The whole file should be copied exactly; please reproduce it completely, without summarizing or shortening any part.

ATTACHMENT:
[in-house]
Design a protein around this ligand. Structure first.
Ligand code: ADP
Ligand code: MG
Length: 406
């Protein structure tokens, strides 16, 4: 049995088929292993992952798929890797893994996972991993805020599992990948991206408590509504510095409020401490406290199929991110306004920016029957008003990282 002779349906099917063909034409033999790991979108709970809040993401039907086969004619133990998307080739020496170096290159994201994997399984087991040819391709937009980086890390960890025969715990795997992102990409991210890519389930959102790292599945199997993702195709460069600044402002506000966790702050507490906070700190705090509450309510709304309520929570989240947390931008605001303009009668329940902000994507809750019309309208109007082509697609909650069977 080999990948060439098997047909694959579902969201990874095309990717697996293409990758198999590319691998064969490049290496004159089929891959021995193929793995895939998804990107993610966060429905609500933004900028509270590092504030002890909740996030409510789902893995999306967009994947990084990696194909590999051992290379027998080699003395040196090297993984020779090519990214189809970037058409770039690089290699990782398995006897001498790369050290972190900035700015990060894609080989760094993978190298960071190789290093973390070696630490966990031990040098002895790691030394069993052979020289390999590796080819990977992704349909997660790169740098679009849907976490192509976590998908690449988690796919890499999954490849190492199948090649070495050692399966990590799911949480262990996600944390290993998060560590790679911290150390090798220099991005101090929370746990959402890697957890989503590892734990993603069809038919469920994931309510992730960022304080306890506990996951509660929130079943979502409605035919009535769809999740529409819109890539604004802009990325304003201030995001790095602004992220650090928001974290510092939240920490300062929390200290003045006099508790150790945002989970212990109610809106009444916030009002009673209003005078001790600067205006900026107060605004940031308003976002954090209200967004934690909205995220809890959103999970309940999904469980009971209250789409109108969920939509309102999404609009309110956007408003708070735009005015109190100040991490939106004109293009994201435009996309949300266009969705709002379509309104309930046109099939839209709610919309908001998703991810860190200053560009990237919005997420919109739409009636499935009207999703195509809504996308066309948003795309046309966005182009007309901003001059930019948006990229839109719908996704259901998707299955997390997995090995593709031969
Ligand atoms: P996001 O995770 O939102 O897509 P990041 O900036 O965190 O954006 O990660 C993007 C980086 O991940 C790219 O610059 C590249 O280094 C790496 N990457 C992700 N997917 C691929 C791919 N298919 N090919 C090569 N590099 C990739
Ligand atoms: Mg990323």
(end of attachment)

[in-house]
Design a protein around this ligand. Structure first.
Ligand code: ADP
Ligand code: MG
Length: 406
């Protein structure tokens, strides 16, 4: 049995088929292993992952798929890797893994996972991993805020599992990948991206408590509504510095409020401490406290199929991110306004920016029957008003990282 002779349906099917063909034409033999790991979108709970809040993401039907086969004619133990998307080739020496170096290159994201994997399984087991040819391709937009980086890390960890025969715990795997992102990409991210890519389930959102790292599945199997993702195709460069600044402002506000966790702050507490906070700190705090509450309510709304309520929570989240947390931008605001303009009668329940902000994507809750019309309208109007082509697609909650069977 080999990948060439098997047909694959579902969201990874095309990717697996293409990758198999590319691998064969490049290496004159089929891959021995193929793995895939998804990107993610966060429905609500933004900028509270590092504030002890909740996030409510789902893995999306967009994947990084990696194909590999051992290379027998080699003395040196090297993984020779090519990214189809970037058409770039690089290699990782398995006897001498790369050290972190900035700015990060894609080989760094993978190298960071190789290093973390070696630490966990031990040098002895790691030394069993052979020289390999590796080819990977992704349909997660790169740098679009849907976490192509976590998908690449988690796919890499999954490849190492199948090649070495050692399966990590799911949480262990996600944390290993998060560590790679911290150390090798220099991005101090929370746990959402890697957890989503590892734990993603069809038919469920994931309510992730960022304080306890506990996951509660929130079943979502409605035919009535769809999740529409819109890539604004802009990325304003201030995001790095602004992220650090928001974290510092939240920490300062929390200290003045006099508790150790945002989970212990109610809106009444916030009002009673209003005078001790600067205006900026107060605004940031308003976002954090209200967004934690909205995220809890959103999970309940999904469980009971209250789409109108969920939509309102999404609009309110956007408003708070735009005015109190100040991490939106004109293009994201435009996309949300266009969705709002379509309104309930046109099939839209709610919309908001998703991810860190200053560009990237919005997420919109739409009636499935009207999703195509809504996308066309948003795309046309966005182009007309901003001059930019948006990229839109719908996704259901998707299955997390997995090995593709031969
Ligand atoms: P996001 O995770 O939102 O897509 P990041 O900036 O965190 O954006 O990660 C993007 C980086 O991940 C790219 O610059 C590249 O280094 C790496 N990457 C992700 N997917 C691929 C791919 N298919 N090919 C090569 N590099 C990739
Ligand atoms: Mg990323």